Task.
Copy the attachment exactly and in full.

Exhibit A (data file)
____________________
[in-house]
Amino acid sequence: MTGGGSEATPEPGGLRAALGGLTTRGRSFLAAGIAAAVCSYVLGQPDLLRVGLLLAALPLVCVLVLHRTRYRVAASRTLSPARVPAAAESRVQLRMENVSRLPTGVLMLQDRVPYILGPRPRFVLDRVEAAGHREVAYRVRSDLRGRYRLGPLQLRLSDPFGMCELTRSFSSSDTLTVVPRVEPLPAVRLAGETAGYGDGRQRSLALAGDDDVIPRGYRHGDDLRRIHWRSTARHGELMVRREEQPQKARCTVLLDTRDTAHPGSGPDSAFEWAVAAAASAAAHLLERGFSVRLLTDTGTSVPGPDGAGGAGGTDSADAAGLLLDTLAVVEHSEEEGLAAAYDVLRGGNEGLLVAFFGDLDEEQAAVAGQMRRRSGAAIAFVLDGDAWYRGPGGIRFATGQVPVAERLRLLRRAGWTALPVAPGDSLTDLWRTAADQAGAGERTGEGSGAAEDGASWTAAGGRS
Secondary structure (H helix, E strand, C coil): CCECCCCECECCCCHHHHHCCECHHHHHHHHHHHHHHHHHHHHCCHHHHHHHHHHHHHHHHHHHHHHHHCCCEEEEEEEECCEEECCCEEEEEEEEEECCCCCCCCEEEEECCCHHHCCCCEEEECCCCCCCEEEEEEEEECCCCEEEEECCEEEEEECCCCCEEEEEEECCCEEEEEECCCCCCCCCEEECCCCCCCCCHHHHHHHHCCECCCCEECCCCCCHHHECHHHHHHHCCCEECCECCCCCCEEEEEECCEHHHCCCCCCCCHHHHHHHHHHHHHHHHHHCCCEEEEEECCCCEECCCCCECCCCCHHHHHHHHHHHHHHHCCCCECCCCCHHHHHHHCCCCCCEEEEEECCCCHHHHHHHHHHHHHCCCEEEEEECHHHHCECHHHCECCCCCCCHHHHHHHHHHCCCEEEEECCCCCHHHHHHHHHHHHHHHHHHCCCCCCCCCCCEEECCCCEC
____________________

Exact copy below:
[in-house]
Amino acid sequence: MTGGGSEATPEPGGLRAALGGLTTRGRSFLAAGIAAAVCSYVLGQPDLLRVGLLLAALPLVCVLVLHRTRYRVAASRTLSPARVPAAAESRVQLRMENVSRLPTGVLMLQDRVPYILGPRPRFVLDRVEAAGHREVAYRVRSDLRGRYRLGPLQLRLSDPFGMCELTRSFSSSDTLTVVPRVEPLPAVRLAGETAGYGDGRQRSLALAGDDDVIPRGYRHGDDLRRIHWRSTARHGELMVRREEQPQKARCTVLLDTRDTAHPGSGPDSAFEWAVAAAASAAAHLLERGFSVRLLTDTGTSVPGPDGAGGAGGTDSADAAGLLLDTLAVVEHSEEEGLAAAYDVLRGGNEGLLVAFFGDLDEEQAAVAGQMRRRSGAAIAFVLDGDAWYRGPGGIRFATGQVPVAERLRLLRRAGWTALPVAPGDSLTDLWRTAADQAGAGERTGEGSGAAEDGASWTAAGGRS
Secondary structure (H helix, E strand, C coil): CCECCCCECECCCCHHHHHCCECHHHHHHHHHHHHHHHHHHHHCCHHHHHHHHHHHHHHHHHHHHHHHHCCCEEEEEEEECCEEECCCEEEEEEEEEECCCCCCCCEEEEECCCHHHCCCCEEEECCCCCCCEEEEEEEEECCCCEEEEECCEEEEEECCCCCEEEEEEECCCEEEEEECCCCCCCCCEEECCCCCCCCCHHHHHHHHCCECCCCEECCCCCCHHHECHHHHHHHCCCEECCECCCCCCEEEEEECCEHHHCCCCCCCCHHHHHHHHHHHHHHHHHHCCCEEEEEECCCCEECCCCCECCCCCHHHHHHHHHHHHHHHCCCCECCCCCHHHHHHHCCCCCCEEEEEECCCCHHHHHHHHHHHHHCCCEEEEEECHHHHCECHHHCECCCCCCCHHHHHHHHHHCCCEEEEECCCCCHHHHHHHHHHHHHHHHHHCCCCCCCCCCCEEECCCCEC